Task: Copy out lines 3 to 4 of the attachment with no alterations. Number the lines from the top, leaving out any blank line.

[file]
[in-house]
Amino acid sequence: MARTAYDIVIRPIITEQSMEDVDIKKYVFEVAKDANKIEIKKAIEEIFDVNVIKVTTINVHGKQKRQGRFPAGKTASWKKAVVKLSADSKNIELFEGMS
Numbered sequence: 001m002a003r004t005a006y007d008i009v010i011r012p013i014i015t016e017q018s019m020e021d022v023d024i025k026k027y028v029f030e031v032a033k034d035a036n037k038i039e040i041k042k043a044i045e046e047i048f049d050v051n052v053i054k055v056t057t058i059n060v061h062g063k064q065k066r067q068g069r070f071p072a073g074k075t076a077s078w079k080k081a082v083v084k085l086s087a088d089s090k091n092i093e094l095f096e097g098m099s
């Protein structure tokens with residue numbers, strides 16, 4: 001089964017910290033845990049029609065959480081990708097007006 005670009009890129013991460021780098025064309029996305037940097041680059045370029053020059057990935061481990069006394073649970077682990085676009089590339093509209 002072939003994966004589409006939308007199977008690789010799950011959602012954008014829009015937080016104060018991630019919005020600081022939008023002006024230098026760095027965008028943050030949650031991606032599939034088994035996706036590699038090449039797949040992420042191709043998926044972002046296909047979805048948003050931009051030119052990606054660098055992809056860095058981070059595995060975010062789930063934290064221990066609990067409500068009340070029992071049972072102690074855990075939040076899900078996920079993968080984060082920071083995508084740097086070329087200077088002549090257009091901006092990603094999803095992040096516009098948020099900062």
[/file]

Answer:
Numbered sequence: 001m002a003r004t005a006y007d008i009v010i011r012p013i014i015t016e017q018s019m020e021d022v023d024i025k026k027y028v029f030e031v032a033k034d035a036n037k038i039e040i041k042k043a044i045e046e047i048f049d050v051n052v053i054k055v056t057t058i059n060v061h062g063k064q065k066r067q068g069r070f071p072a073g074k075t076a077s078w079k080k081a082v083v084k085l086s087a088d089s090k091n092i093e094l095f096e097g098m099s
């Protein structure tokens with residue numbers, strides 16, 4: 001089964017910290033845990049029609065959480081990708097007006 005670009009890129013991460021780098025064309029996305037940097041680059045370029053020059057990935061481990069006394073649970077682990085676009089590339093509209 002072939003994966004589409006939308007199977008690789010799950011959602012954008014829009015937080016104060018991630019919005020600081022939008023002006024230098026760095027965008028943050030949650031991606032599939034088994035996706036590699038090449039797949040992420042191709043998926044972002046296909047979805048948003050931009051030119052990606054660098055992809056860095058981070059595995060975010062789930063934290064221990066609990067409500068009340070029992071049972072102690074855990075939040076899900078996920079993968080984060082920071083995508084740097086070329087200077088002549090257009091901006092990603094999803095992040096516009098948020099900062």